Ethical responsibility of review content
Who to send to Google, Yelp, and Avvo
Two types of clients who leave anonymous reviews
Checking your pride at the door when responding
Collecting and analyzing data to determine what’s effective
Jabez LeBret is co-author of the best-selling legal technology book Online Law Practice Strategies. He is an international technology expert who has delivered CLE presentations at the Alaska, Ohio, Florida, Wyoming, New Mexico, Colorado, Washington State, Maryland, and Indiana State Bar Associations, the ABA and LMA, plus over 50 other bar associations. Jabez writes a regular business and technology column for Forbes and is also a contributor to the ABA Journal and NBC Chicago. He is also co-founder of the legal marketing agency GNGF, winner of the 2014 Best Places to Work by the Cincinnati Business Courier and runner-up for Business of the Year by the Cincinnati Chamber of Commerce. He loves coffee and is a craft beer enthusiast.
“Half the money I spend on advertising is wasted; the trouble is I don’t know which half.” —John Wanamaker (attributed)
Here’s why cost-cutting measures aren’t catching on with firms: many clients care more about the size of the discount than the size of the bill. Plus, how do you know whether the money you are spending on online marketing is getting the results it should?
Dan Weeks’s Lawyer Marketing Score is a tool for assessing the relative effectiveness of your online marketing by comparing it to other law firm websites. Currently, Weeks’s tool is limited to personal injury lawyers in certain cities. In today’s podcast, he talks about what goes into the score and shares free tools you can use to figure out how your own website performs relative to your competition.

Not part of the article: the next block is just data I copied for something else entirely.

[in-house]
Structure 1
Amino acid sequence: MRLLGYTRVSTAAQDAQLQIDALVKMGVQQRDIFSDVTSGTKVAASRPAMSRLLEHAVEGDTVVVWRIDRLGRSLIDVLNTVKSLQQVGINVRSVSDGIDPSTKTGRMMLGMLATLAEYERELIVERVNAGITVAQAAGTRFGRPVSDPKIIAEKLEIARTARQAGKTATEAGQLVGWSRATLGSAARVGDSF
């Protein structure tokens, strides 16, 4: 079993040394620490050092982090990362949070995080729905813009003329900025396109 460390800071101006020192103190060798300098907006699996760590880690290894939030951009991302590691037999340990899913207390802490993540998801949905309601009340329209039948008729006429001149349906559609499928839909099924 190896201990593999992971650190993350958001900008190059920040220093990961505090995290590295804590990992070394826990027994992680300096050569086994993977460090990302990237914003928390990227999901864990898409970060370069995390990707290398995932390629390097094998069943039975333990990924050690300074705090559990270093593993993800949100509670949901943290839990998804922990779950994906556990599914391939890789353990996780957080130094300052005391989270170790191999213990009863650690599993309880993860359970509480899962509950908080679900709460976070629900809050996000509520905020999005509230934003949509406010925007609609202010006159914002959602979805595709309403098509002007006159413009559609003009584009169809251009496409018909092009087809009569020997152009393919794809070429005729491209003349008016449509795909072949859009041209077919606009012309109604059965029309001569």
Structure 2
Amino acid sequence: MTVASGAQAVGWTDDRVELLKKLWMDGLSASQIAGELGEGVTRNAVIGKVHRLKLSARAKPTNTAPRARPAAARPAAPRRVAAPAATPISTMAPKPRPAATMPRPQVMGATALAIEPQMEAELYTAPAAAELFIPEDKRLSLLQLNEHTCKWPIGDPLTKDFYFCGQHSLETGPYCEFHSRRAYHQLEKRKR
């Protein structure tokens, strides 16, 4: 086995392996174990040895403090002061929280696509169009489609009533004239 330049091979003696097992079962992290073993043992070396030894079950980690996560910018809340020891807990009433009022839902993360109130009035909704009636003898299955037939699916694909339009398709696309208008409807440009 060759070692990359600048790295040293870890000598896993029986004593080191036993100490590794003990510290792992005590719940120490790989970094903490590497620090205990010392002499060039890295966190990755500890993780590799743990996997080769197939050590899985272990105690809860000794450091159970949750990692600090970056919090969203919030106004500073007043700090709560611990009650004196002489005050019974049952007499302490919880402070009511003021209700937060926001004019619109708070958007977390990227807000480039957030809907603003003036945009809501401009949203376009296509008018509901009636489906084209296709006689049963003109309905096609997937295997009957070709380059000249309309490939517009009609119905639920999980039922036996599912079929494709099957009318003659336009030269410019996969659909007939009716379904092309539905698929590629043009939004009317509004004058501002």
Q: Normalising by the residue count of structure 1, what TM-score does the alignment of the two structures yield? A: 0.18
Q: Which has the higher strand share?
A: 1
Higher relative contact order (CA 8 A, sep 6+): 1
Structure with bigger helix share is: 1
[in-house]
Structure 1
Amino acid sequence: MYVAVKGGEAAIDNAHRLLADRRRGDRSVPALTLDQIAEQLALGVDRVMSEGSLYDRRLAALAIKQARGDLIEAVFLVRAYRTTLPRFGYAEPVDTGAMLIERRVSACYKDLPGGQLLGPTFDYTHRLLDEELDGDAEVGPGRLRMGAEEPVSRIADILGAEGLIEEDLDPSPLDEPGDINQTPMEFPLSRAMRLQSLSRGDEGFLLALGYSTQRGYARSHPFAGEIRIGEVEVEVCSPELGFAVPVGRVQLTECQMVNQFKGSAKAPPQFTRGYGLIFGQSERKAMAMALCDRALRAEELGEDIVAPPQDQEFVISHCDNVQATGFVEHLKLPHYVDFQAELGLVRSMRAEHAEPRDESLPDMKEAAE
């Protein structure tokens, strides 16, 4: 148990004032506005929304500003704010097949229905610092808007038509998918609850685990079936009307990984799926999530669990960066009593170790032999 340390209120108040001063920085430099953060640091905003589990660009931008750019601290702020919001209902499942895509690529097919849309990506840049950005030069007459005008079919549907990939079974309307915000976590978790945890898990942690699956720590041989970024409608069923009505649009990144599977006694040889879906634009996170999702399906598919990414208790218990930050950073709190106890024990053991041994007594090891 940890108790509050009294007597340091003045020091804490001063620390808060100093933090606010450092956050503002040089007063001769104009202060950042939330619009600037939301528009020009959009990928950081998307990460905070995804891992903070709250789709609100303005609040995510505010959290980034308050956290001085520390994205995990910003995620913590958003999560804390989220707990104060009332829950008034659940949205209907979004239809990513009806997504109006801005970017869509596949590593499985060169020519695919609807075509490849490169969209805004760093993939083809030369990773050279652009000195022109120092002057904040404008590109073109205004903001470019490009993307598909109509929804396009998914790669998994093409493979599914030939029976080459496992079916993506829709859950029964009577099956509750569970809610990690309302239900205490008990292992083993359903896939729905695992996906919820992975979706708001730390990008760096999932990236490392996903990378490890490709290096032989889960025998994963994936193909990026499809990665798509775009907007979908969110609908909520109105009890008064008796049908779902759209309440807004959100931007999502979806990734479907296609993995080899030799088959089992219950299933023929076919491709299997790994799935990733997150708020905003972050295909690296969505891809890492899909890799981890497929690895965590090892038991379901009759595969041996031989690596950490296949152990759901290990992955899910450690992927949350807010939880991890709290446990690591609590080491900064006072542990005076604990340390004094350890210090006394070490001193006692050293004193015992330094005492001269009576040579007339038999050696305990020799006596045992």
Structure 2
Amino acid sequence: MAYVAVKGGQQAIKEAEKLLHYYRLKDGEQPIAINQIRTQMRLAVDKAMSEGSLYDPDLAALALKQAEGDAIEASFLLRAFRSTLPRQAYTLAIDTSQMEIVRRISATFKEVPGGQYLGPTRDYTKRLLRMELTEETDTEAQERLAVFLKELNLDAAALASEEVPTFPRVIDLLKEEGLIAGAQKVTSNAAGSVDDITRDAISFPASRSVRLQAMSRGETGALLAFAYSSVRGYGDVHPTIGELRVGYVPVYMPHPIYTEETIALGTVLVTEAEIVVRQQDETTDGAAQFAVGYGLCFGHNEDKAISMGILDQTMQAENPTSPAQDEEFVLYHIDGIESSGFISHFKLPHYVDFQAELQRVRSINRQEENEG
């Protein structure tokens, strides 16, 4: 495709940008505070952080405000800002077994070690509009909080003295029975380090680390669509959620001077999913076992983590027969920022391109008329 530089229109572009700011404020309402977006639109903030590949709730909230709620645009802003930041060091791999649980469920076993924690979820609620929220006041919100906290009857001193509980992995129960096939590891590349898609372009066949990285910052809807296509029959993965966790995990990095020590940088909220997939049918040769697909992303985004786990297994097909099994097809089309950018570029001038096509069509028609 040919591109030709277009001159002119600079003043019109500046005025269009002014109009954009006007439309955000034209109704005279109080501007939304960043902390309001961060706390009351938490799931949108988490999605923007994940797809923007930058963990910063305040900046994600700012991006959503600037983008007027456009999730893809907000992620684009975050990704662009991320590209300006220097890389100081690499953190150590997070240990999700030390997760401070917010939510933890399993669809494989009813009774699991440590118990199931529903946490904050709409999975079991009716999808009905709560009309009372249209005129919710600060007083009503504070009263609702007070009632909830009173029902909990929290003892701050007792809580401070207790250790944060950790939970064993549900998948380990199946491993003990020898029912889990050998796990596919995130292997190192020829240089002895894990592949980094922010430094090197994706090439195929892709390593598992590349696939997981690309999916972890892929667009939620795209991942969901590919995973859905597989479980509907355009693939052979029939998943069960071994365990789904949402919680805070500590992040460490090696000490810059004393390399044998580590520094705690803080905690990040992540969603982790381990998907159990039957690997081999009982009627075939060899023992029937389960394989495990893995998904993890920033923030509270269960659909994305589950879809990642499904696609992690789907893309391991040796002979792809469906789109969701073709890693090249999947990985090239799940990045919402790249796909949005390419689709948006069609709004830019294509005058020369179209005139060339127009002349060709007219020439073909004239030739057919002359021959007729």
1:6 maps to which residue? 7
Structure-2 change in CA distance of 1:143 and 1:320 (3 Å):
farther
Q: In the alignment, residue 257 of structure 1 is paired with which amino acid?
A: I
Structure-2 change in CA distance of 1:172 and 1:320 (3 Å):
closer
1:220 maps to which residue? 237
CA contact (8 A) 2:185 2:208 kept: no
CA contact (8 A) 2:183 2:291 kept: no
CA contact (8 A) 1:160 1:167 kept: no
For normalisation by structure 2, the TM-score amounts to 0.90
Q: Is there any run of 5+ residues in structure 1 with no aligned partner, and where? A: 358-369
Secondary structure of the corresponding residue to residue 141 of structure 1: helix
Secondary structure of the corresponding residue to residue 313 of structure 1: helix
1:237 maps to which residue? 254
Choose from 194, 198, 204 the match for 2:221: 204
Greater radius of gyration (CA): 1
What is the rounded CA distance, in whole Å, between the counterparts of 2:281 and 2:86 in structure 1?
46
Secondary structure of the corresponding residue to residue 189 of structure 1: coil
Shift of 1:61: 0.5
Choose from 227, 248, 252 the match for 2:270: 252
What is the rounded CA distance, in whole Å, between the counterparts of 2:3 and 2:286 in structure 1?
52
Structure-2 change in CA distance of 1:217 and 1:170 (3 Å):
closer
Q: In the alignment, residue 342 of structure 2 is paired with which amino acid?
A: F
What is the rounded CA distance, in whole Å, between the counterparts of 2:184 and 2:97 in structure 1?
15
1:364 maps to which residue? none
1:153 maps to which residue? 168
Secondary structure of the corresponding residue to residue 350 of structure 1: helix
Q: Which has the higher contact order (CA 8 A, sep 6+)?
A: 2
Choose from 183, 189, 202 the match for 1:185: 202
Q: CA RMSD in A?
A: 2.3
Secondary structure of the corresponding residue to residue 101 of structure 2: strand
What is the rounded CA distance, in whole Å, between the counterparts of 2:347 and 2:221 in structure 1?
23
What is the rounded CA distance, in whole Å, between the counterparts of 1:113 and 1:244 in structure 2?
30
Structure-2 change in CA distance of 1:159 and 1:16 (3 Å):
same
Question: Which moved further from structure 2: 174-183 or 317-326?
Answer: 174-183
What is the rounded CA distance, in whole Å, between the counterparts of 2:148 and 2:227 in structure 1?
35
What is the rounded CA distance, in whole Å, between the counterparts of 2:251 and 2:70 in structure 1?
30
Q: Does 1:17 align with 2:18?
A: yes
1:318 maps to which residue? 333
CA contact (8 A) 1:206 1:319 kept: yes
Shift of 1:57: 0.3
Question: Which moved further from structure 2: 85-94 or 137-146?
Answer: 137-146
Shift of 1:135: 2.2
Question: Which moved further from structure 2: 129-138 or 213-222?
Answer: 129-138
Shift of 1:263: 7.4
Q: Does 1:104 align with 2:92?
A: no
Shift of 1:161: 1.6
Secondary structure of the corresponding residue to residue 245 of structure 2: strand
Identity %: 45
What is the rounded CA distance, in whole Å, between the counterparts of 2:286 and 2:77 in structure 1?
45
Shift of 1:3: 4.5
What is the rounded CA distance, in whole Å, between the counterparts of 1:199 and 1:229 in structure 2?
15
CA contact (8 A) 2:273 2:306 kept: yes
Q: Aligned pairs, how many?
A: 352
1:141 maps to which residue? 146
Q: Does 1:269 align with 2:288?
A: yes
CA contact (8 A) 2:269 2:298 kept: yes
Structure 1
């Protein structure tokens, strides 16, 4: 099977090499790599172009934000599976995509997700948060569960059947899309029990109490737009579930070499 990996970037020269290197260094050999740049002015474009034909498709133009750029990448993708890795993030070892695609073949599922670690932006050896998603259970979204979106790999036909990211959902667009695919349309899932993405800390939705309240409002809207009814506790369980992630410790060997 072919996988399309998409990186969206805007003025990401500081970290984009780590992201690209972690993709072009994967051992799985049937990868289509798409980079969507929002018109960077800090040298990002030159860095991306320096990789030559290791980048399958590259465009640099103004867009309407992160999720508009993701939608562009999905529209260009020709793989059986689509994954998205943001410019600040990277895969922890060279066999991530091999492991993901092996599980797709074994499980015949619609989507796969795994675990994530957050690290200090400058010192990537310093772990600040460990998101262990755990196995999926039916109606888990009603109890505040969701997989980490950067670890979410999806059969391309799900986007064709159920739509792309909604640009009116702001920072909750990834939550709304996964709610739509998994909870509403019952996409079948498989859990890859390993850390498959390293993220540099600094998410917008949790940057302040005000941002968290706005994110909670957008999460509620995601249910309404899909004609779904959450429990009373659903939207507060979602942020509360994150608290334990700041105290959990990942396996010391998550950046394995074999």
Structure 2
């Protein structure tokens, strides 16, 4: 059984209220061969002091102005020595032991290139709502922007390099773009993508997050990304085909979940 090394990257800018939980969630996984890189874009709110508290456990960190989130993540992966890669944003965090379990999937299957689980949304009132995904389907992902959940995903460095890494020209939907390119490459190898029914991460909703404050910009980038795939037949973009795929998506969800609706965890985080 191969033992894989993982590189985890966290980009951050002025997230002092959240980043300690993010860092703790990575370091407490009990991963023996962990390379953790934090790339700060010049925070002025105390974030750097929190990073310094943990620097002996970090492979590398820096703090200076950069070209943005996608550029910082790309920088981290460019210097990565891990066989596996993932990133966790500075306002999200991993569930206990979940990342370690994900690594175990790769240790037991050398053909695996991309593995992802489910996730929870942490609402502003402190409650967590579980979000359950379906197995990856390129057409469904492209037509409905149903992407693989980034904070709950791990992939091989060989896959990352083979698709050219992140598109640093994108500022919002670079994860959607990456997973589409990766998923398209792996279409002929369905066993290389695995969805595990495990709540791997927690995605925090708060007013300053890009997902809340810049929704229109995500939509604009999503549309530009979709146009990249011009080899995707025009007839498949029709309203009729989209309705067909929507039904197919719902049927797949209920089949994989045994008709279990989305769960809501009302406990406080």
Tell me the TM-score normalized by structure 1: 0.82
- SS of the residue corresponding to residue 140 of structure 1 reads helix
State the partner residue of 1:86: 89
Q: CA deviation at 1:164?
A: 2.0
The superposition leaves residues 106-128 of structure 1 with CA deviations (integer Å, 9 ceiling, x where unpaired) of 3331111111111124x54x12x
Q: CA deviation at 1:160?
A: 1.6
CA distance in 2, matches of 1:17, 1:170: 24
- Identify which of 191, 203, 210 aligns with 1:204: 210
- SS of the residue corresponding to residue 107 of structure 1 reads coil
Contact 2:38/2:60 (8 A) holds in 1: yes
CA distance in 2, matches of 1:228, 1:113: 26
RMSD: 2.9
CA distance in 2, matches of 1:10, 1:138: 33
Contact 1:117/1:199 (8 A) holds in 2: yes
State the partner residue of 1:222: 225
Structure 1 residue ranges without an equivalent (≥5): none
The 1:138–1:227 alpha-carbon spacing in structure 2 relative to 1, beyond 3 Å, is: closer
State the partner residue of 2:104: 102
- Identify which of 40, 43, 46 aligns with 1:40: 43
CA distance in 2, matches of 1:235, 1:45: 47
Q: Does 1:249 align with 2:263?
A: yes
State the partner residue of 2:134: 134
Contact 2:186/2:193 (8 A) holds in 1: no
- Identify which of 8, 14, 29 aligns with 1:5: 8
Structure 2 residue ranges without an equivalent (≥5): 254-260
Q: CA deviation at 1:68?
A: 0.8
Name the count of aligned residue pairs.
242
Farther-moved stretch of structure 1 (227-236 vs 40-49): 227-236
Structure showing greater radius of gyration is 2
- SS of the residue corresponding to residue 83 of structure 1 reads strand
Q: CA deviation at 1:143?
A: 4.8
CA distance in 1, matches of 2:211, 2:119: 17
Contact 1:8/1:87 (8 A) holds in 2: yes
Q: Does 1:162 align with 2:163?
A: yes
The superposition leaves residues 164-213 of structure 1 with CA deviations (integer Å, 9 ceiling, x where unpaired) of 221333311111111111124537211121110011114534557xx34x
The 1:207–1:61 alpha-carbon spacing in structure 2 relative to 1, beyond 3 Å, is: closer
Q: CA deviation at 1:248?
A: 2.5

David Lat of Above the Law talks about the similarities and differences between BigLaw and solo and small firms, and talks about changes and opportunities in the legal market. But first, Sam and Aaron talk about the new wine fad: rosé.
David Lat’s Above the Law is “a behind-the-scenes look at the world of law” and Lat himself keeps his finger on the pulse of the legal industry writ large. In this episode, he talks to Sam about the ways in which the business of BigLaw and solo and small-firm practice are similar, different, and changing. As Biglaw changes, many lawyers are going in-house, to boutiques, or trying new business models. There are new challenges, but also new opportunities.
Lat also talks about writing his novel, Supreme Ambitions, and has some advice for other aspiring lawyer-novelists.
Don’t build your marketing plan around the strategies you want to employ. That’s step 4. First, you need to do a little background work to figure out which strategies make sense for your practice. This week, Karin and Sam talk through her 5-step marketing plan.
Plus, Sam and Aaron talk about a BigLaw April Fools prank that was in very poor taste but turns out to be a really good idea.
Karin is a marketing pro who has been writing for Lawyerist since 2009. She’s been working on a series of articles laying out a basic, 5-step marketing plan. Today, we talk through all 5 steps:
This week Sam and Aaron wonder whether a lawyer could become an Uber driver to market a law practice, on obvious marketing, and Sam talks to Gyi Tsakalakis of AttorneySync about online marketing without the BS.
Sam interviewed Gyi Tsakalakis of AttorneySync about online marketing in an attempt to dispel myths about online marketing and search-engine optimization. They discuss what online marketing really is, whether SEO is still a thing, and Gyi explains the basics of putting together an online marketing strategy.